'Boorish' Australian journalist infuriates
JOHN HARTEVELT AND ANDREA VANCE
Senior Cabinet Ministers have rounded on Australian journalists covering the Pike River coal mine crisis, labelling their questions "disgraceful" and branding one a "tosspot".
Police Minister Judith Collins this afternoon added to the scorn already heaped upon Ean Higgins, from The Australian, for some questions he asked at a media conference this morning.
"Frankly, those journalists need to sit down and think about what they're actually doing. What they are doing is they are cheapening the work of other journalists working in Greymouth and they are absolutely not respecting the terrible time the people of Greymouth are going through," Collins said.
Energy Minister Gerry Brownlee earlier blasted Higgins as "boorish" for asking why a "local country cop" was leading the rescue operation.
Collins said the question was "disgraceful".
Superintendent Gary Knowles, to whom Higgins was referring, was an experienced police officer who had dealt with a lot of very grave and difficult circumstances before, she said.
"What they probably don't understand is that in New Zealand, police are the people who do run search and rescue operations of this magnitude," Collins said.
Only police were able to work across all of the agencies involved in the rescue operation.
Collins said police were keen to make sure information was released to the public. They did not have access to video of the blast released last night until it was handed over by the company.
The company had not been focussed on releasing the video until yesterday.
"And that's really because they were trying to get people out of the mine and dealing with an explosive situation in the mine, which by the way it still is."
Today Higgins drew gasps from other journalists when he asked why Superintendent Gary Knowles was heading the rescue operation instead of a mining union.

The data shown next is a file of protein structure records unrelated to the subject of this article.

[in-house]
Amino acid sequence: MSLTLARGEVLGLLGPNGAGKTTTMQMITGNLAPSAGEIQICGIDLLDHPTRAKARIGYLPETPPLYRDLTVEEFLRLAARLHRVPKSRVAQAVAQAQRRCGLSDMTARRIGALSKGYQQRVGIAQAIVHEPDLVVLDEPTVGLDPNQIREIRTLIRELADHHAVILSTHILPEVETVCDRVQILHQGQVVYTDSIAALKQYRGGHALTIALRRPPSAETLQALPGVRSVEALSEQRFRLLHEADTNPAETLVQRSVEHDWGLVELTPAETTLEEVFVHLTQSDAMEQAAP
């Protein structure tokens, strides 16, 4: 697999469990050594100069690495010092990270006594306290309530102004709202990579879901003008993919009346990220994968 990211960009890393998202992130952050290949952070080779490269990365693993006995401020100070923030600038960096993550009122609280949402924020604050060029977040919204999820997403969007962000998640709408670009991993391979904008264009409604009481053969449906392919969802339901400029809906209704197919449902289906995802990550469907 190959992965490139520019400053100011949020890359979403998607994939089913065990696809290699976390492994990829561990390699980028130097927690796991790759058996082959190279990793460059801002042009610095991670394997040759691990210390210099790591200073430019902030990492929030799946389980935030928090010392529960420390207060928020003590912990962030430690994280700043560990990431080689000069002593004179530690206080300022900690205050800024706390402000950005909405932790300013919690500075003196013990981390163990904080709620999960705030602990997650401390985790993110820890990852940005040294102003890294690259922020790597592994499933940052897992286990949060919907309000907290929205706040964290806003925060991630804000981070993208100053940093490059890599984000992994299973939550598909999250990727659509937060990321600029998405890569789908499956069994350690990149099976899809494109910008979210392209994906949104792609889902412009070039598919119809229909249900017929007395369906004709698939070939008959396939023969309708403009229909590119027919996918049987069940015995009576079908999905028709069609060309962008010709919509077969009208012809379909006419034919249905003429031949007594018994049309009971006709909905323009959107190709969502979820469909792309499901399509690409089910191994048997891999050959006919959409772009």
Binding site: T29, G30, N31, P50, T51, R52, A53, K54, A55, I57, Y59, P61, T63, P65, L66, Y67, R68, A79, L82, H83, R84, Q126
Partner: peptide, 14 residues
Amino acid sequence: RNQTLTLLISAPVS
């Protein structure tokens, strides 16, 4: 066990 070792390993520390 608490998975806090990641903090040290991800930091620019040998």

"Why is the local country cop doing it?" he said.
Knowles, who called Higgins 'sir', responded: "Where do I start. I'm not going to answer the last part of your question, I'm the district commander. I have responsibility for policing three quarters of the South Island."
"This is a multi-agency approach...this is not a union matter, sir, it's a matter for the experts."
Mr Brownlee said he had every confidence in the men leading the team, saying they had a very hard job. He said Higgins was one of those 'typewriter interviewers." And he said the paper's editor should be called to account.
"I think it's very easy to be a critic. The particular journalist that asked the most offensive question, the simple fact is he should not be reporting for a country like this because Australia has been so good to us.
"Australia are so focused on us, their prayers and their best wishes to all involved and they get some utter tosspot like that over here who mars all them.
"We know he's not representative of Australians."
He said the newspaper needed to be named.
"Their editor needs to give some explanation of why they've sent such a boorish fellow to this sensitive situation."
The Australian today reported rescuers believed four men had survived the blast. This is incorrect, Knowles told the press conference. "'We don't know where the miners are ... and a lot of these comments from you guys are not helpful because they are distressing for the families."
Another reporter from Australian television station Channel Seven asked: "Can you imagine New York firefighters standing around the World Trade Centre waiting to be told they shouldn't be told go in if there were lives in the balance."
Chief Executive of Pike River Coal Peter Whittall said "That's an inappropriate question to ask me, and I'm not going to comment...my guys underground, I'm not going to answer a question like that."
- © Fairfax NZ News